Think of these muscles like 4 ropes pulling on the knee cap when contracting. If you pull harder on one rope more than the others, the knee cap will be pulled more in that direction. This brings us to Warrior Pose. When the knee is placed slightly falling inwards, the outer quadricep line (Vastus Lateralis) acts more energetically than the inner line (Vastus Medialis). The biomechanical line of this imbalanced energy creates an outwards pulling motion on the knee cap. Some individuals can be prone to having the knee completely shift or dislocate outwards (Lateral or Patellar Tracking). To avoid this imbalance and type of injury to the knee, insure that the knee does not fall inwards or towards the big toe in Warrior Pose. When you look briefly down to check your alignment, a good guide for knee placement is that you are able to see the big toe and inner edge of the foot.

As you maintain the pose, accessory muscles help maintain this knee line: outer shin muscles (Peroneal muscles) help ground the outer edge of the forward foot and draw the shine bone (Tibia) outwards / outer hip muscles (Abductors and Lateral Rotators) help move the thigh bone outwards as well. The benefit of this knee placement is that the quadricep muscles maintain balanced support and energy on the knee cap and knee joint, and the outwards motion of the thigh bone places a more effective stretch into the groin muscles. Knee placement and integrity is just a small portion of alignment aspects for Warrior Pose.

Observe and study the whole body as you attempt these poses and move into a place where the body feels light, balanced, and confident.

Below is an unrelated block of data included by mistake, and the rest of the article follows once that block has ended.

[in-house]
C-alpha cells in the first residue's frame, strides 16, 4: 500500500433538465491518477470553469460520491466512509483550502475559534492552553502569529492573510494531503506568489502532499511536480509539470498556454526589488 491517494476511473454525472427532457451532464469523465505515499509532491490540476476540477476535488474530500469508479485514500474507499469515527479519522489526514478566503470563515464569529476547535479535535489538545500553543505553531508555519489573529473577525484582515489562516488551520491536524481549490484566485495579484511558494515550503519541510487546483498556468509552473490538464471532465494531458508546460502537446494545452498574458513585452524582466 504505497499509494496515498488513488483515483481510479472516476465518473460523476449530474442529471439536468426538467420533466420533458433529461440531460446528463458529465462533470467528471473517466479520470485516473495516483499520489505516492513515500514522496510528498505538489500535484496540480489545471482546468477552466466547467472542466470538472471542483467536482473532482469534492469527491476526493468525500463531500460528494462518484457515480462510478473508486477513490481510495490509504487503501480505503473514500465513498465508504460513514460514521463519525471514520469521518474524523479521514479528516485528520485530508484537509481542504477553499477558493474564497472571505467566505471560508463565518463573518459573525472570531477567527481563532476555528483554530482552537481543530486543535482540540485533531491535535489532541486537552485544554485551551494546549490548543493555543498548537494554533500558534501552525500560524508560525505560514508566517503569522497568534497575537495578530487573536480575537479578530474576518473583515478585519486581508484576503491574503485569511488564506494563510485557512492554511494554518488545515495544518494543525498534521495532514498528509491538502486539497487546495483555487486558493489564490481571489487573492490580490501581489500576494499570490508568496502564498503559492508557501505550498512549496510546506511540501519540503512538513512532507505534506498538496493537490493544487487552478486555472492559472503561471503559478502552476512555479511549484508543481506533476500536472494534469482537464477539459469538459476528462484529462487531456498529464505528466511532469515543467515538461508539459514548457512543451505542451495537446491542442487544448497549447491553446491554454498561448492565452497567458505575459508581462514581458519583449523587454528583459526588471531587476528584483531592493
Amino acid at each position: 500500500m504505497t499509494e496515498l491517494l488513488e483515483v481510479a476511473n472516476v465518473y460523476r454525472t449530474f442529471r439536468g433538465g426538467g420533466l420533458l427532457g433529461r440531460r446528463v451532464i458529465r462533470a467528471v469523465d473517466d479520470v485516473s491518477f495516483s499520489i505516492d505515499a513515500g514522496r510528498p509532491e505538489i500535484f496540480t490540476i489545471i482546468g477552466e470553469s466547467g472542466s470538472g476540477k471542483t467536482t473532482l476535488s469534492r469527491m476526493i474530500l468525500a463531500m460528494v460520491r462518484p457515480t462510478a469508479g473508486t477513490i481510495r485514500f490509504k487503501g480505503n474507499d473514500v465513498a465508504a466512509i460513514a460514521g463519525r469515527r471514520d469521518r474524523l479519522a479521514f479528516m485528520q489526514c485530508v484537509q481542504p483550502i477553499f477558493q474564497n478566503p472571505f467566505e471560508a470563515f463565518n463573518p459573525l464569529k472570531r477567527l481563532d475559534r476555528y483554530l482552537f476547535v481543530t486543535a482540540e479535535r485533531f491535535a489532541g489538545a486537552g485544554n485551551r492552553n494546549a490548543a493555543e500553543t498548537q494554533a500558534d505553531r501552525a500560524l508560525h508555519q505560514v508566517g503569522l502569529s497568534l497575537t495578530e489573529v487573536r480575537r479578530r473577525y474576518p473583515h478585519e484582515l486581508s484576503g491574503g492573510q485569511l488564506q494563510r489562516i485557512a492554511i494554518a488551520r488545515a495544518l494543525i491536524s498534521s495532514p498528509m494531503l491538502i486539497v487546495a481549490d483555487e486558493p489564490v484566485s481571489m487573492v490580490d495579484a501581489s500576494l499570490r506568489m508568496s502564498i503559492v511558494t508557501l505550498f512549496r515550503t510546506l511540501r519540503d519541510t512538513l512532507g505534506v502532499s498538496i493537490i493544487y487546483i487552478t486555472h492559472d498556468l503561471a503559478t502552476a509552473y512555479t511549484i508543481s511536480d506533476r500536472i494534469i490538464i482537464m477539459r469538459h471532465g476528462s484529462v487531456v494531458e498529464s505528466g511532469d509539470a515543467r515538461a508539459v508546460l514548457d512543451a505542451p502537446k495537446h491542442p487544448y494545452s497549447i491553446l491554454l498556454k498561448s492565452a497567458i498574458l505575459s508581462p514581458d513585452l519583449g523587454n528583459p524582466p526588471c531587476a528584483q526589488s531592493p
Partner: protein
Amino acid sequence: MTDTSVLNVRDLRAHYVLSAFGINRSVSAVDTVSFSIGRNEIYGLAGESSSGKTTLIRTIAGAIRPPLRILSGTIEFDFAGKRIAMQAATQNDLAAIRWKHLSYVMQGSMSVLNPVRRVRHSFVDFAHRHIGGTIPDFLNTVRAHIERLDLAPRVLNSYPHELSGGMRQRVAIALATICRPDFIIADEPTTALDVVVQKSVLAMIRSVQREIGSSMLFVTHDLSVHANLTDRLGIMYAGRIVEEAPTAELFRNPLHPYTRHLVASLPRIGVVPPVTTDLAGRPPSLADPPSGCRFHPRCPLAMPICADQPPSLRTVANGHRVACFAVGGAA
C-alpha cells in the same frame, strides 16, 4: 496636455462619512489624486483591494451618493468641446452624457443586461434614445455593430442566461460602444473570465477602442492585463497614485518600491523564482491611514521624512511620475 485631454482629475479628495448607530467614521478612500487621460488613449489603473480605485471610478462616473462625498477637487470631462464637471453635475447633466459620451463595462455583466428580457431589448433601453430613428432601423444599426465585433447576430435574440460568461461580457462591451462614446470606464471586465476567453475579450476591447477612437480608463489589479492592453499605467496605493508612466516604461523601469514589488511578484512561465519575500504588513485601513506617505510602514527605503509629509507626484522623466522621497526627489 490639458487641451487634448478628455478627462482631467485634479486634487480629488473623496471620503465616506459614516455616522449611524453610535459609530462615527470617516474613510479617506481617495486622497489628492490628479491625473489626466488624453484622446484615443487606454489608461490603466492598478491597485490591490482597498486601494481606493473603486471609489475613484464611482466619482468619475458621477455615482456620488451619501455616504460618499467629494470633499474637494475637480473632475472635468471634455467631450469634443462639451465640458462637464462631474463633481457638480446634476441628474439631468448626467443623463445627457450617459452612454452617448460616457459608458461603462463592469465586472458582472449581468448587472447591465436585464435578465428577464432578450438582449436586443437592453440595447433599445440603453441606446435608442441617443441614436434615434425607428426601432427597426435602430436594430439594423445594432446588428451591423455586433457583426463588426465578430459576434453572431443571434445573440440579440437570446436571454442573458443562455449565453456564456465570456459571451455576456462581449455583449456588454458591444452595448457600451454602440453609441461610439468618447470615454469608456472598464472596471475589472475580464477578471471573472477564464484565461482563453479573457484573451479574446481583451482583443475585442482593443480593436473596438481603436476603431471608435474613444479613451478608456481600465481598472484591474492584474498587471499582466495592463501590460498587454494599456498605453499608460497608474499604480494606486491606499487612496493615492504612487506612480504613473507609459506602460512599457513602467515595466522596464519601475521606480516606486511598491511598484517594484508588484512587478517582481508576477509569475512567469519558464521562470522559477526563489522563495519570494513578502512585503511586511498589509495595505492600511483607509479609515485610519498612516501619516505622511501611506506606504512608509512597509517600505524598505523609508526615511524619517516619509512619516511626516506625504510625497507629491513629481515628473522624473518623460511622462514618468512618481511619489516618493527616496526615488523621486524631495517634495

Published by Kreg Weiss

Kreg is the co-founder of and a certified Hatha Yoga Teacher. All of his classes integrate a purposeful, meditative quality to allow for an experience of connection and reflection while the body experiences expansion and renewal. Kreg acquired his Yoga certification in 2002 following several successful years of venturing in the wellness industry as a personal trainer, group fitness trainer, and national competitive athlete. Kreg has been able to complement his teaching practice with additional studies in Kinesiology and Health Sciences at the University of British Columbia. Striving to share his passion for Yoga, Kreg was inspired in 2004 to co-create, which has grown to become a thriving production company and the leading global resource for online yoga videos. With his extensive background in anatomy and physiology, Kreg feels privileged to be able to empower students with practices that are educational while still engaging and accessible. Through integrity-driven classes, Kreg aims to provide students with the tools to pursue a unique, confident practice where asanas, pranayama, and meditation interact collectively to rejuvenate and heal the body and mind. Kreg is also proud to be an ambassador for Vega as part of his endeavours to promote plant-based nutrition and sustainability.